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Can one size fit all ?

Updated: Dec 7, 2023

I have been around long enough to see wave after wave of new diets.

Zone. Atkins. Weight Watchers. Low fat. Paleo. Vegetarianism. Low carb. And on and on and on.

Not all of those diets are bad. In fact, many are quite good, especially the ones that help control appetite, improve food quality, and raise nutrition awareness. However, in reality, they're all still diets and competing with each other. They're all essentially saying the same thing: "My way is better than your way."

You're either gonna eat low carbs and high protein (or all raw veggies and no meat, or whatever)...or you're never gonna get in shape. But here's the thing everyone seems to be missing: There is absolutely no "best diet" that every person should follow.

nutrition diet healthy wellness

Why there isn't a "best diet."

Each of my client, unique in every way possible

  • Body type: Clients can be tall and thin, curvy, pear-shaped.

  • Dietary preferences & exclusions: Some clients enjoy eating lots of meat every day. Some enjoy rice over bread, milk over curd and the list goes on.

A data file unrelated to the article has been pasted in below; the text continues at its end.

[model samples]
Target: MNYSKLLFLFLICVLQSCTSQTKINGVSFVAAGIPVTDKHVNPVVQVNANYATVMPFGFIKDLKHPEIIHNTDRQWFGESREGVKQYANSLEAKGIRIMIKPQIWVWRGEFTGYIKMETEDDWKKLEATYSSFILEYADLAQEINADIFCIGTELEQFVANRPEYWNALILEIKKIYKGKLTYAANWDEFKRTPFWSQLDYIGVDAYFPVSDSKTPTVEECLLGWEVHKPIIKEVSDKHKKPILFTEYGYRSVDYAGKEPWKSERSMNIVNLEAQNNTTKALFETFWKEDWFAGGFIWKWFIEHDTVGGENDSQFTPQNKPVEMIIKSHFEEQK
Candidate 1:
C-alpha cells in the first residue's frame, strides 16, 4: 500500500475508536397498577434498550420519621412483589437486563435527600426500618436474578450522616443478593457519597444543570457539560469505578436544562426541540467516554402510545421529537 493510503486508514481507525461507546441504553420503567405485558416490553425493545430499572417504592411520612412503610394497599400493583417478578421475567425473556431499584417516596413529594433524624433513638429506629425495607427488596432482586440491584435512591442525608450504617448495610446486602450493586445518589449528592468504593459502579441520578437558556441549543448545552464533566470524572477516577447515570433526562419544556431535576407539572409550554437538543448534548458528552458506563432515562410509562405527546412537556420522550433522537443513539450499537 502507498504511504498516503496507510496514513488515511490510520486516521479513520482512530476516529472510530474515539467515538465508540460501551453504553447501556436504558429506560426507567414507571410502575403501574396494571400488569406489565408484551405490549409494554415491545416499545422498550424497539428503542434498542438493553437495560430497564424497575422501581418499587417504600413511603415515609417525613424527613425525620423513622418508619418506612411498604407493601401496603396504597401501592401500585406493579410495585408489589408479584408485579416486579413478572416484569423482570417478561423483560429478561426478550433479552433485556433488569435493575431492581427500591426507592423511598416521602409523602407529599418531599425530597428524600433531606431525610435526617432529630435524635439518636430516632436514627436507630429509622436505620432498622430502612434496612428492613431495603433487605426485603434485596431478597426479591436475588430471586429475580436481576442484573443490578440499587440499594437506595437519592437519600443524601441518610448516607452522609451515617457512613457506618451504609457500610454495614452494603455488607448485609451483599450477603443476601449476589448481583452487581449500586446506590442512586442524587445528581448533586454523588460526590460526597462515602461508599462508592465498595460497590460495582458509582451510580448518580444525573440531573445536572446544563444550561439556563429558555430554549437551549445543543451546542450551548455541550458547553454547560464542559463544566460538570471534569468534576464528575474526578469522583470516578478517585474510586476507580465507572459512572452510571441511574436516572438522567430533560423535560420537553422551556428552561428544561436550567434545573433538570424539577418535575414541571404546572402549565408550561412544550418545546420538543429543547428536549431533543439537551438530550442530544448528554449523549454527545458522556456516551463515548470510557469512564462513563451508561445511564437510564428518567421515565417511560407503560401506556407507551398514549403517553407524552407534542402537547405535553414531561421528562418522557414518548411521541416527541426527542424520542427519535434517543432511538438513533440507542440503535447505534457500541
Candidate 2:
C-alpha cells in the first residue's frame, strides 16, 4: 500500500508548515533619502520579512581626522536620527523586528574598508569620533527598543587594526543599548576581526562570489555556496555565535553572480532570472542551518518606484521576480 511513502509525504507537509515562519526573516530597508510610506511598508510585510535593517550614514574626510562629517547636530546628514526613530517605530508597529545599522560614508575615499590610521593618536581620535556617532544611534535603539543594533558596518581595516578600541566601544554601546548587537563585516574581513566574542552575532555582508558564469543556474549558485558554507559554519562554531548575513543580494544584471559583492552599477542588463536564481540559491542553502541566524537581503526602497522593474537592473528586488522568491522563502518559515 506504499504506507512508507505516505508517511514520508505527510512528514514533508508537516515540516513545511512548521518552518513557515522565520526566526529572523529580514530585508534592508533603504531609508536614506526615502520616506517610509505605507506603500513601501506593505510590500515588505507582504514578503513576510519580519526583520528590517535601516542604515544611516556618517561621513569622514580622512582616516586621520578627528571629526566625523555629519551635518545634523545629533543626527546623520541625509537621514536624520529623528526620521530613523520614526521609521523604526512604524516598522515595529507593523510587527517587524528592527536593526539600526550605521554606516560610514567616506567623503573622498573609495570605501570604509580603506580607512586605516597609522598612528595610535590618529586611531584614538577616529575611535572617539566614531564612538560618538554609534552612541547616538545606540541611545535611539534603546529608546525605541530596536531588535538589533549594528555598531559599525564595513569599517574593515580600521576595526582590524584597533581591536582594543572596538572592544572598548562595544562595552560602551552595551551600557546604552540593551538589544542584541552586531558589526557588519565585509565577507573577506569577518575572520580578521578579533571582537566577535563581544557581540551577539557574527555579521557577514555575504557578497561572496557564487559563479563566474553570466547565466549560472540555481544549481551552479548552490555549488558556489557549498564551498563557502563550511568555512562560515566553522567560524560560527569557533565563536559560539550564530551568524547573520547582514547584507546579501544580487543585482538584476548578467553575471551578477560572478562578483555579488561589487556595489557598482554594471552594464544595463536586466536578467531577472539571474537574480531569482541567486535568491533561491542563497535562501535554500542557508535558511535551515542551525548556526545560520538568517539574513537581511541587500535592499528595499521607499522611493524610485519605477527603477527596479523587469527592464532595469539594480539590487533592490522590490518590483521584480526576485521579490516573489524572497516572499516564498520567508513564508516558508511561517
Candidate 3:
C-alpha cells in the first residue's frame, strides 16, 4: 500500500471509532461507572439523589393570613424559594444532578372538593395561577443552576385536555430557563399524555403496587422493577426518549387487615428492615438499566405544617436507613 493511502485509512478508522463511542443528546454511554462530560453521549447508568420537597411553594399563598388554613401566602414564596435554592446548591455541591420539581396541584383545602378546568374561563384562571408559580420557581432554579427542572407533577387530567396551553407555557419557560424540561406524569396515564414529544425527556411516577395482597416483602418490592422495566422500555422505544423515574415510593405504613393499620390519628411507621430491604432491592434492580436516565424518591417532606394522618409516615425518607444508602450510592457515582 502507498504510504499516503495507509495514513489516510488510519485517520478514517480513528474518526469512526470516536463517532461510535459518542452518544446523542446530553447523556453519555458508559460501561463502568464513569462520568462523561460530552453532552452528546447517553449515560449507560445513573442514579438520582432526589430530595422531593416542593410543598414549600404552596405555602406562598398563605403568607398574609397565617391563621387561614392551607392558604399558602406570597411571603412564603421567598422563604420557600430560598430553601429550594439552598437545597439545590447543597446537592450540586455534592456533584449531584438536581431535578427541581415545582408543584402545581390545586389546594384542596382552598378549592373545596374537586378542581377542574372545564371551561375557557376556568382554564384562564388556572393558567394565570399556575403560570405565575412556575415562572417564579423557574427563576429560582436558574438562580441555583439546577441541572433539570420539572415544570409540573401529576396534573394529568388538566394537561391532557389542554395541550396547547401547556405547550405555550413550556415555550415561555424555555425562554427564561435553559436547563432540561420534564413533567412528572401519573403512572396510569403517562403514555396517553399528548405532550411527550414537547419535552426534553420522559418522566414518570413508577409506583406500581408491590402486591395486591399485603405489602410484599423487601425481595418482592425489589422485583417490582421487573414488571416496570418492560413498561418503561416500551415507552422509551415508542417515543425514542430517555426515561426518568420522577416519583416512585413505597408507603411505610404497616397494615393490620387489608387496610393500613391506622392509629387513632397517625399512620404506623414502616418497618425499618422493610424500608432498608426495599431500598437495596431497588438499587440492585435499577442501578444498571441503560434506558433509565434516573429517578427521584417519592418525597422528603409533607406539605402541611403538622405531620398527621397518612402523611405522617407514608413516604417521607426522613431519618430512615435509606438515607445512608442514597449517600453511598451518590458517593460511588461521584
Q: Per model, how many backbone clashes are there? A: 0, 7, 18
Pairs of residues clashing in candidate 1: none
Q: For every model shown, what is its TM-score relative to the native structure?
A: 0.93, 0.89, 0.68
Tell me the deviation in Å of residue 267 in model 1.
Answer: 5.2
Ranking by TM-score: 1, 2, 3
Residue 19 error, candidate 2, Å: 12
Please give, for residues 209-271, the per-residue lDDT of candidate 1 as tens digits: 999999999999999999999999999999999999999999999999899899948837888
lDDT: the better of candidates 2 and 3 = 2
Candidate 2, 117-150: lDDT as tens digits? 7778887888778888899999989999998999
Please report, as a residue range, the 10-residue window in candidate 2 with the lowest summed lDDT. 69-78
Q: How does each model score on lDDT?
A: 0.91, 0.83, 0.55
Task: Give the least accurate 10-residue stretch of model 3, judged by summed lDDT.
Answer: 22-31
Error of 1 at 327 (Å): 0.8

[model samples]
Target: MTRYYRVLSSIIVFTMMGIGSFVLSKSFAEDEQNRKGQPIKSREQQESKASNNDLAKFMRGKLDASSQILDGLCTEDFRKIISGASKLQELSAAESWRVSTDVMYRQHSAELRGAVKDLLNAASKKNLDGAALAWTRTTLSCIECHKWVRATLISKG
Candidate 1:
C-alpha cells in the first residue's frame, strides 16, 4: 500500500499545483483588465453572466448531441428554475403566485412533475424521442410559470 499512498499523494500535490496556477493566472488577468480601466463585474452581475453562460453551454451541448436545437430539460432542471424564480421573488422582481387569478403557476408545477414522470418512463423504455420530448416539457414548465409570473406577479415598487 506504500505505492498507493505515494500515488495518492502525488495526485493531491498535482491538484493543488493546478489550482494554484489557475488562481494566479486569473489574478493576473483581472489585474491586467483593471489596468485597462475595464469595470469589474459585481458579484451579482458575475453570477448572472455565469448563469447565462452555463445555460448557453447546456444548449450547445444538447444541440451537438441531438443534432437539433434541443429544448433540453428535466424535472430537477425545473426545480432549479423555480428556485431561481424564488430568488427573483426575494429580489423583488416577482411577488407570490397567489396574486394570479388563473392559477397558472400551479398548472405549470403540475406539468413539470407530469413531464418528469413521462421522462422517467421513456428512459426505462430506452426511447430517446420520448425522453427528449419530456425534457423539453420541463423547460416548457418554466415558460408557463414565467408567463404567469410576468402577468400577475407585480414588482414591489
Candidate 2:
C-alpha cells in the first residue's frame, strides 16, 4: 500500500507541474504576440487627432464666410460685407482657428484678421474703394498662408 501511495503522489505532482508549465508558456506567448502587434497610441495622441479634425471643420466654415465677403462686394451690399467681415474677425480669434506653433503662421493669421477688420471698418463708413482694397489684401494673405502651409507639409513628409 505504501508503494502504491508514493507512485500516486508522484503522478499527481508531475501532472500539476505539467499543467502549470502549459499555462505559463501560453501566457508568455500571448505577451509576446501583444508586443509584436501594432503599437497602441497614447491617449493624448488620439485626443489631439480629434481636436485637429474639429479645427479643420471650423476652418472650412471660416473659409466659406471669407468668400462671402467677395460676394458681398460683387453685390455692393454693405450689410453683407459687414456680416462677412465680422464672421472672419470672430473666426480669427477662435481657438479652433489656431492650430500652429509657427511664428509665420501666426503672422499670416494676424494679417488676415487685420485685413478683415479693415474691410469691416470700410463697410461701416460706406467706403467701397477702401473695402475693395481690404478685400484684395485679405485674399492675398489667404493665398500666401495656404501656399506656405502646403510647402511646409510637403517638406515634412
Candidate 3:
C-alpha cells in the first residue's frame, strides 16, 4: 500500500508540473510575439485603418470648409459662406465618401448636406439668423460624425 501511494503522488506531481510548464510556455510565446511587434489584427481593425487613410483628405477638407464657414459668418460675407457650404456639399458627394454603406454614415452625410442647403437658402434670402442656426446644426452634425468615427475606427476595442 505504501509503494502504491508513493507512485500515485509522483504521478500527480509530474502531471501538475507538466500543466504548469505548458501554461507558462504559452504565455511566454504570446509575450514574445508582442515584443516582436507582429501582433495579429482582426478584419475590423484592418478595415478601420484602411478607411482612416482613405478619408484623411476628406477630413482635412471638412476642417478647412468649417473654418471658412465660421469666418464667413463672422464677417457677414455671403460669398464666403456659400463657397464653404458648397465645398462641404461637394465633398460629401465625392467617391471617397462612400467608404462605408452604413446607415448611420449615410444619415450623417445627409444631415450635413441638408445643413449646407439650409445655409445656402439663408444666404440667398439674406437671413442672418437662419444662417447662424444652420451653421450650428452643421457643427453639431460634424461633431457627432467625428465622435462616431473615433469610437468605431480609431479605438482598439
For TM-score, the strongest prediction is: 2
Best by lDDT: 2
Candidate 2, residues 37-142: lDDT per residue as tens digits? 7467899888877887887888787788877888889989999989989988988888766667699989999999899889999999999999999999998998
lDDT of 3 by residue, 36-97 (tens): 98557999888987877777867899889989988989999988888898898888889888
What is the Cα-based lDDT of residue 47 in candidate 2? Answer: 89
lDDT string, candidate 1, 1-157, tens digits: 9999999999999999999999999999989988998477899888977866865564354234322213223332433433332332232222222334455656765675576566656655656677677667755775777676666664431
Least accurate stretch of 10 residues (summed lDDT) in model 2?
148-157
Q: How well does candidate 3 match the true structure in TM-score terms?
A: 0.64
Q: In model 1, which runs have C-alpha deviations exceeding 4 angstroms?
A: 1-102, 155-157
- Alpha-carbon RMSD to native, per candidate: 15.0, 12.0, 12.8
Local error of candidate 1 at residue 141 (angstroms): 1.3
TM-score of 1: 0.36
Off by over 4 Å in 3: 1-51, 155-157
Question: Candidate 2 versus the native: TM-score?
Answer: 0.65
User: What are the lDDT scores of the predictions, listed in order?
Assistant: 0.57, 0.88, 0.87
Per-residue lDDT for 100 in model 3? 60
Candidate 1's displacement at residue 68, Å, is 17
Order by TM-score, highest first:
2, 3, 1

• Goals: While many of my clients have specific goals, lose weight, get fit for the next trek in the Himalayas, few come to gain optimum health with

  • Budget: Some clients with an incredibly low budget, while others with with an unlimited budget.

  • Age: Some of my clients start young, while many come when there is alarm in lifestyle disorders such as PCODs, fatty liver and so on

  • Relationship to food: Some are emotional eaters who tend to overeat when they're stressed or alone. Others tend to undereat when they're stressed.

  • Organic / conventional: Some clients are used to eating ready to eat packaged foods and have no idea how to cook. Others enjoy eating only natural, organic, whole foods.

  • Nutrition knowledge: Some of my clients are followers of certain dietary practice. Others come with very little nutrition knowledge whatsoever.

  • Time: Some clients come with lots of free time for a health and fitness project. Others come with very little time to devote to health and fitness. Young mothers and traveling professionals

You get the picture.

So, how can one nutrition plan or even the popular diets cater to all? There's simply no way to help all those people eat better and get healthier if you're militant about a single diet or nutrition paradigm.

In my three years of practicing nutrition and wellness coaching, the joy of working with real people, tailor making diet and exercise plans and nudging them closer to goals and then watching them take control of their own health has been gratifying. The continuous 1:1 sessions, listening to what worked and what dint and customizing it to monitor for the next week is encouraging. Lots of people have ideas on that, of course. I'm one of them. Though my ideas is to keep it simple.


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